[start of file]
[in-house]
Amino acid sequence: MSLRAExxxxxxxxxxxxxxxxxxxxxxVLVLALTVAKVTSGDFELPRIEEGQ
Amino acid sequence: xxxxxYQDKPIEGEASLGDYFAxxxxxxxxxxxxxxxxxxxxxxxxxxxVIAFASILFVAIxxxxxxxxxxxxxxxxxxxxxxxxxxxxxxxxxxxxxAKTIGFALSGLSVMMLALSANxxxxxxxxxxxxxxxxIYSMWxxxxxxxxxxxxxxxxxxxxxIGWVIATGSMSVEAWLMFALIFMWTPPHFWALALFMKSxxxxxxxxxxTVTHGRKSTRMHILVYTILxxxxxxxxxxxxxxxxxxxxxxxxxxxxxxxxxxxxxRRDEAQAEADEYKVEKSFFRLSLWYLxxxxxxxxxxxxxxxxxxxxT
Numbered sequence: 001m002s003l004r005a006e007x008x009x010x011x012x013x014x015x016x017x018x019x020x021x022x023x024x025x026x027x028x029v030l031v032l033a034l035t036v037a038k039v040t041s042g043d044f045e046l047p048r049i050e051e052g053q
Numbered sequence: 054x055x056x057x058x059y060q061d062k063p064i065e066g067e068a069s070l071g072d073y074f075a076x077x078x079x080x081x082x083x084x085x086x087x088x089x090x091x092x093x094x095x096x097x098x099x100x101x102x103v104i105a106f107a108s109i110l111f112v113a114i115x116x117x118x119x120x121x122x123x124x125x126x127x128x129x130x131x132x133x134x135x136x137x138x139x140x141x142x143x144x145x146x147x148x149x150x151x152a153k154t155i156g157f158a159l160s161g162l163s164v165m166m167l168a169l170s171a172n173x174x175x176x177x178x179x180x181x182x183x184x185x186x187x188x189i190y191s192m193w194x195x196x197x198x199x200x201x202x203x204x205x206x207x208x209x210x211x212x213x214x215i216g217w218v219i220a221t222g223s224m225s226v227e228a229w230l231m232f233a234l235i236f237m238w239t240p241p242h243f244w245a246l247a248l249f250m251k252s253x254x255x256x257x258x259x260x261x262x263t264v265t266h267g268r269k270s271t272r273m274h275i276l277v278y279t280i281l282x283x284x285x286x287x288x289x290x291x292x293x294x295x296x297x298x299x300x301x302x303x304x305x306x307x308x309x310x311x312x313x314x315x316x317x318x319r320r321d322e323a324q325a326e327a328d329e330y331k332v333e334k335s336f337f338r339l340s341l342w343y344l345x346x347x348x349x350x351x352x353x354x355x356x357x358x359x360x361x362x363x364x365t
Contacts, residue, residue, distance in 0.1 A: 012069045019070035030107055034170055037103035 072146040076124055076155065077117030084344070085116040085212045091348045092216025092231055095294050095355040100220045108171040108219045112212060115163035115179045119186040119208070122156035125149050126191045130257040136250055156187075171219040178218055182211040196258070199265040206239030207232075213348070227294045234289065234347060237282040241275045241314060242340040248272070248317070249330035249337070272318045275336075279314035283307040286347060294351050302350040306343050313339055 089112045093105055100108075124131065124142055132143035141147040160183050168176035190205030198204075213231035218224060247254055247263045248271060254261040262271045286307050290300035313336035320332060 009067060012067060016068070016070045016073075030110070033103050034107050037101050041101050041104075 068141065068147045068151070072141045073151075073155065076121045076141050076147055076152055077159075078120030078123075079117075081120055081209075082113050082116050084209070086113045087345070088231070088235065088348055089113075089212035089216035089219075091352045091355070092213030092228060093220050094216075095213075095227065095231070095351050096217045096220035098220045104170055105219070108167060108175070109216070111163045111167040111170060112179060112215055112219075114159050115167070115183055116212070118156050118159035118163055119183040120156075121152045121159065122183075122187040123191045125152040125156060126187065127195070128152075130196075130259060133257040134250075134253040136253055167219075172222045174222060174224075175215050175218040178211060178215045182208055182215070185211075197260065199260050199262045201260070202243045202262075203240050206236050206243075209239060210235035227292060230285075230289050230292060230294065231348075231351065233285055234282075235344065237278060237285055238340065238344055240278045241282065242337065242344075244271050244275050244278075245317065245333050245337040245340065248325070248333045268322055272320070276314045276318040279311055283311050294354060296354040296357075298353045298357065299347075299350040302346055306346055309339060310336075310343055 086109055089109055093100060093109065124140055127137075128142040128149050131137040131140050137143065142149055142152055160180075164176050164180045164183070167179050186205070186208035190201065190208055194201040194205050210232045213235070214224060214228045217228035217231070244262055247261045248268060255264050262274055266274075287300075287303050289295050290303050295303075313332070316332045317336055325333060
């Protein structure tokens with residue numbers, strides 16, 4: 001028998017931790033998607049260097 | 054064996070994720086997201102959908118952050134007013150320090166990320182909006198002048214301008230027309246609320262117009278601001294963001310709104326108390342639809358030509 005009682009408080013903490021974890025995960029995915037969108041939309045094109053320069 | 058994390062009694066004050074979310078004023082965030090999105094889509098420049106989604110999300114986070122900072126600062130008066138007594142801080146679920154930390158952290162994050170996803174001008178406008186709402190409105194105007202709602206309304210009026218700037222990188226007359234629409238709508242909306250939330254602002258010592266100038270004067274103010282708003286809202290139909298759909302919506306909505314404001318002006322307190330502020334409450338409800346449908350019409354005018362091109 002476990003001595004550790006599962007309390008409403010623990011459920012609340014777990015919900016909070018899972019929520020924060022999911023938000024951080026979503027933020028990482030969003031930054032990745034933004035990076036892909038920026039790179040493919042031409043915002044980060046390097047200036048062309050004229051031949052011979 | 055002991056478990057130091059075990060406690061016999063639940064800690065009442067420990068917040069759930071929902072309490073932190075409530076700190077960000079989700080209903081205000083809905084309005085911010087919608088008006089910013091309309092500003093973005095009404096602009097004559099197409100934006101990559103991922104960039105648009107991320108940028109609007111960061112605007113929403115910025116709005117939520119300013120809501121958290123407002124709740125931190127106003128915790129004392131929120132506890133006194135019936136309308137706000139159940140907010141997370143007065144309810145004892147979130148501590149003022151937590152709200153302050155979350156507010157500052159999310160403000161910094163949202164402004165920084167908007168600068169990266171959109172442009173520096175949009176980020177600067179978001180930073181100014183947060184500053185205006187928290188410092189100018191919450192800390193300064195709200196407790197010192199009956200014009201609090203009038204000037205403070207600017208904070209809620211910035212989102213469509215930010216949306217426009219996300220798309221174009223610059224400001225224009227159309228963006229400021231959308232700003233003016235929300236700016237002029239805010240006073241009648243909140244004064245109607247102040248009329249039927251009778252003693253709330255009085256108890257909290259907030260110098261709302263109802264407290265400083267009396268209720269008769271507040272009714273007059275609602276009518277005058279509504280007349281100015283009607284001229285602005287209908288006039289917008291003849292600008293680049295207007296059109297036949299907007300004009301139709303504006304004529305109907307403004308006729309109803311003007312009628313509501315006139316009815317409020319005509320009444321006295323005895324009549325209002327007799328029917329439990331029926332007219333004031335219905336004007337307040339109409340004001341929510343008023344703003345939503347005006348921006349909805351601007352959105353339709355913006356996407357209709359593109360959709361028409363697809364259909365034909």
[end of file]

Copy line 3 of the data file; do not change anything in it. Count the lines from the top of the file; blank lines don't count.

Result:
Amino acid sequence: xxxxxYQDKPIEGEASLGDYFAxxxxxxxxxxxxxxxxxxxxxxxxxxxVIAFASILFVAIxxxxxxxxxxxxxxxxxxxxxxxxxxxxxxxxxxxxxAKTIGFALSGLSVMMLALSANxxxxxxxxxxxxxxxxIYSMWxxxxxxxxxxxxxxxxxxxxxIGWVIATGSMSVEAWLMFALIFMWTPPHFWALALFMKSxxxxxxxxxxTVTHGRKSTRMHILVYTILxxxxxxxxxxxxxxxxxxxxxxxxxxxxxxxxxxxxxRRDEAQAEADEYKVEKSFFRLSLWYLxxxxxxxxxxxxxxxxxxxxT